Friday, 25 March 2011

You can take Kennington Common from the Chartists, but you can't take the Chartists out of Kennington Park

I'm sure that if you're interested, you'll already have heard from another source, but tomorrow is the day that the March for the Alternative is taking place in London and one of the feeder marches leaves from Kennington Park at 11am.

The first aim of the march (which is organised by the TUC) is to give a national voice to those affected by the ConDem deficit-solution programme and to demonstrate peoples' opposition to the extent of the cuts.  The second aim of the march is to reject the government's argument that there is no alternative option to deep cuts.  The marchers will demonstrate against the swingeing cuts which they argue are not the most effective way to ease the country out of the recession.

The Guardian expects the following folk on the March for the Alternative; students, mums/toddlers, pensioners, a football supporters union named "the Spirit of Shanky", campaigners against domestic violence, medical personnel from "Keep our NHS public", off-duty police officers (as well as those on duty), journalists, a national anti-cut alliance, a group called Resist 26 who intend to occupy Hyde Park, a group of campaigners who are inspired by protests in the Middle East and intend to occupy Trafalgar Square for 24 hours and finally... anarchists/communists and militant workers who think the TUC have sold out.  The anarchist/communist/militant group are the ones organising the feeder march from Kennington Park.

Naturally, there is a certain amount of "establishment" opposition to radical folk all getting together to protest, so the Financial Times has an ex-commander from Scotland Yard warning that "extremist" groups might be planning violence.  I wonder whether they'd be referring to the mums/toddlers or the pensioners??  But... it seems that this intelligence emerged from the stable of "The Policy Exchange", a right-wing think tank, and actually, the current Met Police are aware of rumblings but aren't so concerned.  The ex-commander thinks the police aren't aggressive enough at rooting out troublemakers early, and he seems to be agitating.  The TUC apparently intend to have a peaceful family day...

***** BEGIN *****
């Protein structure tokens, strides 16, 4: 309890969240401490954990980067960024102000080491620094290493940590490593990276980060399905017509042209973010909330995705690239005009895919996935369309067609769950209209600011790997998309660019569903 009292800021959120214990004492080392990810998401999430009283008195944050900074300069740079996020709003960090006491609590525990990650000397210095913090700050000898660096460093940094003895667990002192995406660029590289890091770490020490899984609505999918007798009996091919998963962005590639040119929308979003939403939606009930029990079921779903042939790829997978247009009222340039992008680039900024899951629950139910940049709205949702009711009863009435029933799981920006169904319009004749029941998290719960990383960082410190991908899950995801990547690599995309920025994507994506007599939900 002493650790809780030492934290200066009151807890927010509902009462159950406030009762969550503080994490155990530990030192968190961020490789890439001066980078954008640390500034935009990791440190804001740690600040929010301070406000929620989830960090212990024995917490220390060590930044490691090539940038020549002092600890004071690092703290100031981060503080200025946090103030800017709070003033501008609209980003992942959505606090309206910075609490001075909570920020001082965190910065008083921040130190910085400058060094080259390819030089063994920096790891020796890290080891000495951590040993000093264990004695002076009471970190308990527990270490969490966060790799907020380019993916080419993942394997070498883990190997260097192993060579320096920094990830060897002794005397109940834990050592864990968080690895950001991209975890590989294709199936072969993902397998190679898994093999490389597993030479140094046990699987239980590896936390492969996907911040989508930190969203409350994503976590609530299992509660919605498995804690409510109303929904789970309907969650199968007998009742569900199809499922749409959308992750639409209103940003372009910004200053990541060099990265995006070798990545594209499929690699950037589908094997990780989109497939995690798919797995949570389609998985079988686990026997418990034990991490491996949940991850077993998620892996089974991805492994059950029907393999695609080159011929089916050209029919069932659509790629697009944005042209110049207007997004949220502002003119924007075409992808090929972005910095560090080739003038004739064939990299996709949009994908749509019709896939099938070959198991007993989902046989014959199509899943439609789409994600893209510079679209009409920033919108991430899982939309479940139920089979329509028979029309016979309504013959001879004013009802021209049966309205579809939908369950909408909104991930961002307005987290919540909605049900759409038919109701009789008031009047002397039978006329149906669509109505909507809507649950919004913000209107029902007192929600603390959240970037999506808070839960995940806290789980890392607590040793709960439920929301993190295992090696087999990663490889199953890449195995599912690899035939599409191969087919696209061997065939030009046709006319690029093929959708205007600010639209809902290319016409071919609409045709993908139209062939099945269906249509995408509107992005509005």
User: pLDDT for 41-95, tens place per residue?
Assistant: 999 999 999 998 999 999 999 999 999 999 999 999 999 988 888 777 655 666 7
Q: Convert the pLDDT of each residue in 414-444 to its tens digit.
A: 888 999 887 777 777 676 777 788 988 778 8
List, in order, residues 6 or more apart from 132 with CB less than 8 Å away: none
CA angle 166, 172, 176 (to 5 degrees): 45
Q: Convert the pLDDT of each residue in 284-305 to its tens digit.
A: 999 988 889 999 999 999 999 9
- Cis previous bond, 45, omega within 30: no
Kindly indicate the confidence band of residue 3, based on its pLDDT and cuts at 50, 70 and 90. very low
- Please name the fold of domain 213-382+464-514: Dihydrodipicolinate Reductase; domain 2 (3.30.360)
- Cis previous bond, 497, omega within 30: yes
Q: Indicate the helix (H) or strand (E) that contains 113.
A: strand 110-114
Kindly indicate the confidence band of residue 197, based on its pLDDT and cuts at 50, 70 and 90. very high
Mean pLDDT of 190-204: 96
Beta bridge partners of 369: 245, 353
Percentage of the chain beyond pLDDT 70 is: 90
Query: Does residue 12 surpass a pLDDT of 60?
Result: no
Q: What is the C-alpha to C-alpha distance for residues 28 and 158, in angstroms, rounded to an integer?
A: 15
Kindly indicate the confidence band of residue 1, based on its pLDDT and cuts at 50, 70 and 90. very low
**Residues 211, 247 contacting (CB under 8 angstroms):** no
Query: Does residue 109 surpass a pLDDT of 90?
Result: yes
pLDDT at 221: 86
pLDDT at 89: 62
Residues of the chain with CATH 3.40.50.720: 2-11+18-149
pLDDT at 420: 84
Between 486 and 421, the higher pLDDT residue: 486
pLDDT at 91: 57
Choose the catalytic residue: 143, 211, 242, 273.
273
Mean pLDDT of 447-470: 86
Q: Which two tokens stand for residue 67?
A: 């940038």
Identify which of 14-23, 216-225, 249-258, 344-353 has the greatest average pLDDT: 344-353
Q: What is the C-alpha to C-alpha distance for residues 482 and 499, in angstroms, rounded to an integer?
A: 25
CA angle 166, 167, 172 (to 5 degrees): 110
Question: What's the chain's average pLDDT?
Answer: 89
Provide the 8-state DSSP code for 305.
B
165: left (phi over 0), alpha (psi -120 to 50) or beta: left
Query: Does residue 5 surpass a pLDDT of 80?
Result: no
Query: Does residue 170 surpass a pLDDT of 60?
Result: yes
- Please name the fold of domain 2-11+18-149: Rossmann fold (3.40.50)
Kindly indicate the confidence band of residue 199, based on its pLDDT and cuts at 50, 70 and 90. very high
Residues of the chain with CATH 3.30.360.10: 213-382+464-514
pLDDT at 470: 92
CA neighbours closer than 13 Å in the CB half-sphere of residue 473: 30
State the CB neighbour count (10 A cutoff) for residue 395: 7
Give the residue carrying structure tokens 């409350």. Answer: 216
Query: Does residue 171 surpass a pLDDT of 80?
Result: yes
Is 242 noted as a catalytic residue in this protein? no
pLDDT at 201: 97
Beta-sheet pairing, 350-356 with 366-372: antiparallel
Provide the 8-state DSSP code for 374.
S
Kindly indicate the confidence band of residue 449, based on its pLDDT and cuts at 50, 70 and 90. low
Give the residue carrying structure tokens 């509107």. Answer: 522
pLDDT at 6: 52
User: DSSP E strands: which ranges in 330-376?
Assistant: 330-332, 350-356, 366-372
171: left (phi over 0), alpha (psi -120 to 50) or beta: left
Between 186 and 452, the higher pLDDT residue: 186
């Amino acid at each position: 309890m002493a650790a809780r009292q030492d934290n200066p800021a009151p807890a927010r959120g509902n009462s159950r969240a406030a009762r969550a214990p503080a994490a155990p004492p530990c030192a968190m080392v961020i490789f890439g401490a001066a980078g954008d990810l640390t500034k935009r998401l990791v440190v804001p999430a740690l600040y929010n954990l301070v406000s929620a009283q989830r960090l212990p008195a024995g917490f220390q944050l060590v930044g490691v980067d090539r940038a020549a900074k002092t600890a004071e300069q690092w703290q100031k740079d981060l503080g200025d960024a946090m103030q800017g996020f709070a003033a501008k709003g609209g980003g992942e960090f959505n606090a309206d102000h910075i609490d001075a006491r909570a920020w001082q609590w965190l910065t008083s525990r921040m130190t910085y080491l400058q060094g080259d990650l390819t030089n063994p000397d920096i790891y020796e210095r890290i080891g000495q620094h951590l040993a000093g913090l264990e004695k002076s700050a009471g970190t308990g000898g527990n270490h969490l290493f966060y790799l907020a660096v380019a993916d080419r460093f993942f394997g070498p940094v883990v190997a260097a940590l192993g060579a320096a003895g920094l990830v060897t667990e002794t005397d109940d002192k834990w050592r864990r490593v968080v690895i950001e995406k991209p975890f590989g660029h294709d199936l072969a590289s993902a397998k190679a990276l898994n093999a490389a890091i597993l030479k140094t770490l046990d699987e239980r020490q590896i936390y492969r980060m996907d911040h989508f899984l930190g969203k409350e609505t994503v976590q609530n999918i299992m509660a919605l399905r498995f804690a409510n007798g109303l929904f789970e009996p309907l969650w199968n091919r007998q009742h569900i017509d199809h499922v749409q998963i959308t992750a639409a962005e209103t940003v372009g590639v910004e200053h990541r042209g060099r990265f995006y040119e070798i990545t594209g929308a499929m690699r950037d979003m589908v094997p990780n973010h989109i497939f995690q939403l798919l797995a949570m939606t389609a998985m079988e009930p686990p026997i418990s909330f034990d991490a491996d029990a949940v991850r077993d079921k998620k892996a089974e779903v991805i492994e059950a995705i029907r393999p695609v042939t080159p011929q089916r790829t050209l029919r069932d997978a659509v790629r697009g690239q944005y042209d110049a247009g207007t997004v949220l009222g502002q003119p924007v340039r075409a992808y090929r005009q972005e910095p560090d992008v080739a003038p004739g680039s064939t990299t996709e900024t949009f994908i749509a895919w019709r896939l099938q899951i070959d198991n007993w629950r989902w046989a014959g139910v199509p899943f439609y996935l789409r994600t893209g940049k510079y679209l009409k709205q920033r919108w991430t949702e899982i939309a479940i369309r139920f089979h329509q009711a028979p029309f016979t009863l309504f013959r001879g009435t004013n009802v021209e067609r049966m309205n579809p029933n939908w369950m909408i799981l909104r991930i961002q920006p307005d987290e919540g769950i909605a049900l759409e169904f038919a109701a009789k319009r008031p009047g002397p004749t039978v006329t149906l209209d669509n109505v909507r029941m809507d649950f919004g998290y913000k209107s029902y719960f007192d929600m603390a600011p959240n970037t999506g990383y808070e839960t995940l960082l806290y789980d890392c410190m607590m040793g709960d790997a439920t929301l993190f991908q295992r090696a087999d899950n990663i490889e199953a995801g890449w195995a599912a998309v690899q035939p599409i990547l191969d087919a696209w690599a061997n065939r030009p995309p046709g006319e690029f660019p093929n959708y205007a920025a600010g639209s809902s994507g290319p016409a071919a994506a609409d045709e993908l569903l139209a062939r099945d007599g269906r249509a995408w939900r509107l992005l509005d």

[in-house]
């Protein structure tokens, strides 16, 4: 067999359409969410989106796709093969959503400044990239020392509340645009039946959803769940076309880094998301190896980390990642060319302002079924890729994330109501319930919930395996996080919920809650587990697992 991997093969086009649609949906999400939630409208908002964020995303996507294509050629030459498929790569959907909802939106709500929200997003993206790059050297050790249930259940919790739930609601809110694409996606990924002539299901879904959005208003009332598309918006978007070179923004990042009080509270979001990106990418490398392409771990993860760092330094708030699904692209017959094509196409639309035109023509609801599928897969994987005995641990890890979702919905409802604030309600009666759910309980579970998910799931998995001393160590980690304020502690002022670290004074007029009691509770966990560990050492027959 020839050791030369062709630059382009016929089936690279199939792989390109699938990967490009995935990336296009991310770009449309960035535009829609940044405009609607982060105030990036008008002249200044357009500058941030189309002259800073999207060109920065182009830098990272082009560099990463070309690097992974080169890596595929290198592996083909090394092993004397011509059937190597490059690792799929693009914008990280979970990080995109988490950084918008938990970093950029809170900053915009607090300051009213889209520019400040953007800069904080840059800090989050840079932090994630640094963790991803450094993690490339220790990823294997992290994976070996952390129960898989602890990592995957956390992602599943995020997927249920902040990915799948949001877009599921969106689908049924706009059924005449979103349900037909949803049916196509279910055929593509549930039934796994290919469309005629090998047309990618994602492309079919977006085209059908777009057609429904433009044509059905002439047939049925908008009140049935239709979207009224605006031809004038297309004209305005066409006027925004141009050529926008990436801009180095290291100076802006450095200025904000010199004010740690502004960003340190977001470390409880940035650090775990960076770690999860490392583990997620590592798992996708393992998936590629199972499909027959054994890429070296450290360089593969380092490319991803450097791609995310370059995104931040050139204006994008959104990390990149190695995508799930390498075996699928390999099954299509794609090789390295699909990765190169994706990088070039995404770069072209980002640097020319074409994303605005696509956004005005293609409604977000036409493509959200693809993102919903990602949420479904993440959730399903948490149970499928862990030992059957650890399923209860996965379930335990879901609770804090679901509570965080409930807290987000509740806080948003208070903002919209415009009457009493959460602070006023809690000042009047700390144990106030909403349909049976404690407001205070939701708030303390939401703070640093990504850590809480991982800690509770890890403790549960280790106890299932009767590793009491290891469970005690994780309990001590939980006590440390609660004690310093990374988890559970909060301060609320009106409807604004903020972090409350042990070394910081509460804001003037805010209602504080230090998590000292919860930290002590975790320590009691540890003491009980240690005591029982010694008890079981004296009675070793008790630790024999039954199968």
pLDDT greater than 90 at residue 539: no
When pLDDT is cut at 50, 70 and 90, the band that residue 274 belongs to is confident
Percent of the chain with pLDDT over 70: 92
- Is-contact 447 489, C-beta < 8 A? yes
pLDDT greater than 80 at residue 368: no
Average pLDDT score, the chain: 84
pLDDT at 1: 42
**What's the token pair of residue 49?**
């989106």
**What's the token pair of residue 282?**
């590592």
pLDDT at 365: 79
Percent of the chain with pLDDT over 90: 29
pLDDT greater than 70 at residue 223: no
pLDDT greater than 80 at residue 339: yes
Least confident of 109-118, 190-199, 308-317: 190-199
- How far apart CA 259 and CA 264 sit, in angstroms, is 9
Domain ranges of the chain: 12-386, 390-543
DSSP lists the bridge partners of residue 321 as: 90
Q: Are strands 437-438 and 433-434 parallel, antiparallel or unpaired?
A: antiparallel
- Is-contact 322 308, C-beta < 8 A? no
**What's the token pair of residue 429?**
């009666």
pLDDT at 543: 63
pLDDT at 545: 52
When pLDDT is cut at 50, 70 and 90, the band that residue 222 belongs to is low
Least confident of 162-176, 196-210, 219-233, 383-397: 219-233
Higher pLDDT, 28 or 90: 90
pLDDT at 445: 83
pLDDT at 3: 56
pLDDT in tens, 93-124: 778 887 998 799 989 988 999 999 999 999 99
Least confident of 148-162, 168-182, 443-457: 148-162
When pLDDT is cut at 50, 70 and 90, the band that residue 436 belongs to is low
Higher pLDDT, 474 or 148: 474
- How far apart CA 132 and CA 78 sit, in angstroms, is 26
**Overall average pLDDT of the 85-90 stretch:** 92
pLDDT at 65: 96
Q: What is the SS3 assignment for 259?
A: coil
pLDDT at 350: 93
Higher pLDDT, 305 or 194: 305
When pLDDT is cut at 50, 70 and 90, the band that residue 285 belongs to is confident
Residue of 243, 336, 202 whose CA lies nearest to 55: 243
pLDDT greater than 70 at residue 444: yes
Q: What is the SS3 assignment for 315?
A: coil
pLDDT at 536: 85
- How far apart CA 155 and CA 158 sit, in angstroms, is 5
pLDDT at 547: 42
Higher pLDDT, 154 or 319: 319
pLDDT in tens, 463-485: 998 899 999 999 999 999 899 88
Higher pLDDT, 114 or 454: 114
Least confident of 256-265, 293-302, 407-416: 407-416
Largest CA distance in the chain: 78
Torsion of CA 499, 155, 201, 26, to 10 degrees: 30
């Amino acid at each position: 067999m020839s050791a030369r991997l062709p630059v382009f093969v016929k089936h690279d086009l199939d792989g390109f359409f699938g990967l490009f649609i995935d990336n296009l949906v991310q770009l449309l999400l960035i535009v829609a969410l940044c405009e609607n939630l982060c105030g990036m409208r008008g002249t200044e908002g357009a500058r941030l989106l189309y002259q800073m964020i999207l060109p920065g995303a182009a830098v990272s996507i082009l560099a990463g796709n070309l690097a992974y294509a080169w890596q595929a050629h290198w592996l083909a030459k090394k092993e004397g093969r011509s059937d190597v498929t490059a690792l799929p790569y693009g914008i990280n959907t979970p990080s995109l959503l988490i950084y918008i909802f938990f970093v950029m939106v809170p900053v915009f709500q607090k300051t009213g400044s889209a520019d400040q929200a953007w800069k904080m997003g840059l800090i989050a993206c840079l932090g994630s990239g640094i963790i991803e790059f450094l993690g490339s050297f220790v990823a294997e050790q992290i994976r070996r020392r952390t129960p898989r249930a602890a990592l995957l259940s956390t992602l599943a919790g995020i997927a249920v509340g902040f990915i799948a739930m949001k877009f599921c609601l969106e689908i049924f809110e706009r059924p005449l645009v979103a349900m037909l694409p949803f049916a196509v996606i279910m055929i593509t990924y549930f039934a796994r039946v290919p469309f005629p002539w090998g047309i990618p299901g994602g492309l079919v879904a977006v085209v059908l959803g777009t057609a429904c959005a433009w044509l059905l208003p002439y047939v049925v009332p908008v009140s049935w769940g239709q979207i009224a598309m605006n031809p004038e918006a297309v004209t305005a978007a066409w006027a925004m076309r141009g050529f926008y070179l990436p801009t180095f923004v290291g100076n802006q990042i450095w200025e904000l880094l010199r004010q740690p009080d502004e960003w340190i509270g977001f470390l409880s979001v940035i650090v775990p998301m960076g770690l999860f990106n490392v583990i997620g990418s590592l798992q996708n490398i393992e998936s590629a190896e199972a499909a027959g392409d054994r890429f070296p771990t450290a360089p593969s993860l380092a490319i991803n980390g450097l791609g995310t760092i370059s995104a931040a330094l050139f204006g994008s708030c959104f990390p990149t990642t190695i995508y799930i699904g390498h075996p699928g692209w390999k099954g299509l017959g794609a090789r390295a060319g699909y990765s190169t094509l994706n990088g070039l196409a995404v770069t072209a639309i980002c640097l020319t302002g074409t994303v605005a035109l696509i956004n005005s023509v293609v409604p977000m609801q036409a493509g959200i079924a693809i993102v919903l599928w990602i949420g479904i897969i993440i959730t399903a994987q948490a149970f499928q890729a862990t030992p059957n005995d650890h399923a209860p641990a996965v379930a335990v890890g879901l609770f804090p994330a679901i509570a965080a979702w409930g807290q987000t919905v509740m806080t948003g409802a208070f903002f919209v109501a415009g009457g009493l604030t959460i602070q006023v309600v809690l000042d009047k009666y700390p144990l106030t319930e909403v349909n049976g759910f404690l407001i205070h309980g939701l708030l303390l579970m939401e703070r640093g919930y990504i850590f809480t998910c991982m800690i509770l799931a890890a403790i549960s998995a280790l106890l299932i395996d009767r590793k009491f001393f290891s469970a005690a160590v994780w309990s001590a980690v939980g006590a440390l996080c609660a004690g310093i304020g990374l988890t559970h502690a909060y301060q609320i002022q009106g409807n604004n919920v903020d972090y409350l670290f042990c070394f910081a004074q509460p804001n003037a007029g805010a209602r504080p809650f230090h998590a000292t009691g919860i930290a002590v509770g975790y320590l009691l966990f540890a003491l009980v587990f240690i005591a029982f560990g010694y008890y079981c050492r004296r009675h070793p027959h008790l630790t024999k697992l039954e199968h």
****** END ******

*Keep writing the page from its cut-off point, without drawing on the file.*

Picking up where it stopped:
Don't be afraid that the Kennington Park demonstrators will be hardcore anarchists, they're going to be ordinary folk too.  Urban 75 say South London will be assembling at Kennington Park, and the march will be supported by, "Lambeth TUC, Southwark TUC, Lambeth SOS, Southwark SOS, Wandsworth Against the Cuts, Lewisham Anti-Cuts Alliance, Latin American Coalition Against the Cuts, Goldsmiths Students’ Union, Defend Southbank Defend Education, Lambeth and Lewisham Right to Work.".  They can't all be anarchists!

Simon Jenkins, of the Guardian's "Comment is Free" (which hit my radar on account of his mention of Kennington Park) thinks British people attempting to identify with protesters in the Middle East is "insulting" to those suffering under quasi-facist regimes.  He thinks protests are outdated.  But I've never believed that solidarity meant that one had to assume similarities of regime.  It's perfectly obvious that Britain under Cameron is not Libya under Gaddafi, but I'd have thought that the Middle Eastern protesters would welcome British folk promoting two causes.  Me?  I love a good protest.  Unfortunately, I'm already committed elsewhere tomorrow, but would be there if I could.  In my view, protests and demos are a way of building solidarity for a cause, making a point a a creative manner, and discovering new friends.  Jenkins though, thinks demonstrations do not make much difference and
 "are mostly boosts to group morale, childish song festivals, obsessions with the media and desperate attempts to cause a genteel nuisance without breaching the law".